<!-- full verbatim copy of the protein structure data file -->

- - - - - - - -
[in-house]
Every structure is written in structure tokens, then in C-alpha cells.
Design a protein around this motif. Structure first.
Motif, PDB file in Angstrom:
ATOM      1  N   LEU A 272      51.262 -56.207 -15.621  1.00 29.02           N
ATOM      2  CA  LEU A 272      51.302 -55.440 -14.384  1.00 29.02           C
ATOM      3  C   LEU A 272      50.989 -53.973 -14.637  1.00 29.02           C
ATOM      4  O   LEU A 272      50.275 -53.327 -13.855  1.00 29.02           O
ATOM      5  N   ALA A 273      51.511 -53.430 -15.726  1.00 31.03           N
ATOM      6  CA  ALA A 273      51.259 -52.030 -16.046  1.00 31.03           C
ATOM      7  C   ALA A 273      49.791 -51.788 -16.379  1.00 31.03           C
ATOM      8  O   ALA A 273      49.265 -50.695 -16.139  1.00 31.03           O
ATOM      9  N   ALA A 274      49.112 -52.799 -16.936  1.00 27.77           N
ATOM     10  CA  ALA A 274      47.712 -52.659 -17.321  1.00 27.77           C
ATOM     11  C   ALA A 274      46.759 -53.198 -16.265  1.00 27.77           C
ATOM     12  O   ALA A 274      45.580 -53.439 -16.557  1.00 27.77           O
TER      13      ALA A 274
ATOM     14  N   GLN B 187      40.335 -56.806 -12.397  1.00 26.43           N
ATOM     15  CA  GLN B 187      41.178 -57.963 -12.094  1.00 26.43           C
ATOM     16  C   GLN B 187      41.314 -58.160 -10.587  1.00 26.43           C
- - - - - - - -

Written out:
[in-house]
Every structure is written in structure tokens, then in C-alpha cells.
Design a protein around this motif. Structure first.
Motif, PDB file in Angstrom:
ATOM      1  N   LEU A 272      51.262 -56.207 -15.621  1.00 29.02           N
ATOM      2  CA  LEU A 272      51.302 -55.440 -14.384  1.00 29.02           C
ATOM      3  C   LEU A 272      50.989 -53.973 -14.637  1.00 29.02           C
ATOM      4  O   LEU A 272      50.275 -53.327 -13.855  1.00 29.02           O
ATOM      5  N   ALA A 273      51.511 -53.430 -15.726  1.00 31.03           N
ATOM      6  CA  ALA A 273      51.259 -52.030 -16.046  1.00 31.03           C
ATOM      7  C   ALA A 273      49.791 -51.788 -16.379  1.00 31.03           C
ATOM      8  O   ALA A 273      49.265 -50.695 -16.139  1.00 31.03           O
ATOM      9  N   ALA A 274      49.112 -52.799 -16.936  1.00 27.77           N
ATOM     10  CA  ALA A 274      47.712 -52.659 -17.321  1.00 27.77           C
ATOM     11  C   ALA A 274      46.759 -53.198 -16.265  1.00 27.77           C
ATOM     12  O   ALA A 274      45.580 -53.439 -16.557  1.00 27.77           O
TER      13      ALA A 274
ATOM     14  N   GLN B 187      40.335 -56.806 -12.397  1.00 26.43           N
ATOM     15  CA  GLN B 187      41.178 -57.963 -12.094  1.00 26.43           C
ATOM     16  C   GLN B 187      41.314 -58.160 -10.587  1.00 26.43           C